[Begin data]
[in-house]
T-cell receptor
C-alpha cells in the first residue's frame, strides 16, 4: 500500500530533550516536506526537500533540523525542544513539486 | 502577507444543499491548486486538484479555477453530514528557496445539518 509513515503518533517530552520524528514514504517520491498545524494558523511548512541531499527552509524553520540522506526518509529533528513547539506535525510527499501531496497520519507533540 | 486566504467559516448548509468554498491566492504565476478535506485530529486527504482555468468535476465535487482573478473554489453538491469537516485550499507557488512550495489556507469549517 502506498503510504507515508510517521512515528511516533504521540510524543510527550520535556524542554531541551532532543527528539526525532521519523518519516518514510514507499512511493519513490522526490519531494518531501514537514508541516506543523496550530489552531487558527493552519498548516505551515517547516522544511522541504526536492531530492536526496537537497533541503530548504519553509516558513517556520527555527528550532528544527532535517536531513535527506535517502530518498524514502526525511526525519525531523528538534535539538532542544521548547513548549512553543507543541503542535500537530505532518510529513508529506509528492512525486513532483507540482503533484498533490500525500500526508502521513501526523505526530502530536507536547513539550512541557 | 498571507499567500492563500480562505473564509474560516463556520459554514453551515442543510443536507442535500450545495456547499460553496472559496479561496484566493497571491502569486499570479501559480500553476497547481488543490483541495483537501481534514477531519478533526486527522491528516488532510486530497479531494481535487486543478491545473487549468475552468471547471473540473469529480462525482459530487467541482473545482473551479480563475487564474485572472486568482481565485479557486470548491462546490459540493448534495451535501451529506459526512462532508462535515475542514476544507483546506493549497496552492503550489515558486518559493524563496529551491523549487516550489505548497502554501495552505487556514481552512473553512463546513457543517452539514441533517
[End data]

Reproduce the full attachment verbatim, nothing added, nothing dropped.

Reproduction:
[in-house]
T-cell receptor
C-alpha cells in the first residue's frame, strides 16, 4: 500500500530533550516536506526537500533540523525542544513539486 | 502577507444543499491548486486538484479555477453530514528557496445539518 509513515503518533517530552520524528514514504517520491498545524494558523511548512541531499527552509524553520540522506526518509529533528513547539506535525510527499501531496497520519507533540 | 486566504467559516448548509468554498491566492504565476478535506485530529486527504482555468468535476465535487482573478473554489453538491469537516485550499507557488512550495489556507469549517 502506498503510504507515508510517521512515528511516533504521540510524543510527550520535556524542554531541551532532543527528539526525532521519523518519516518514510514507499512511493519513490522526490519531494518531501514537514508541516506543523496550530489552531487558527493552519498548516505551515517547516522544511522541504526536492531530492536526496537537497533541503530548504519553509516558513517556520527555527528550532528544527532535517536531513535527506535517502530518498524514502526525511526525519525531523528538534535539538532542544521548547513548549512553543507543541503542535500537530505532518510529513508529506509528492512525486513532483507540482503533484498533490500525500500526508502521513501526523505526530502530536507536547513539550512541557 | 498571507499567500492563500480562505473564509474560516463556520459554514453551515442543510443536507442535500450545495456547499460553496472559496479561496484566493497571491502569486499570479501559480500553476497547481488543490483541495483537501481534514477531519478533526486527522491528516488532510486530497479531494481535487486543478491545473487549468475552468471547471473540473469529480462525482459530487467541482473545482473551479480563475487564474485572472486568482481565485479557486470548491462546490459540493448534495451535501451529506459526512462532508462535515475542514476544507483546506493549497496552492503550489515558486518559493524563496529551491523549487516550489505548497502554501495552505487556514481552512473553512463546513457543517452539514441533517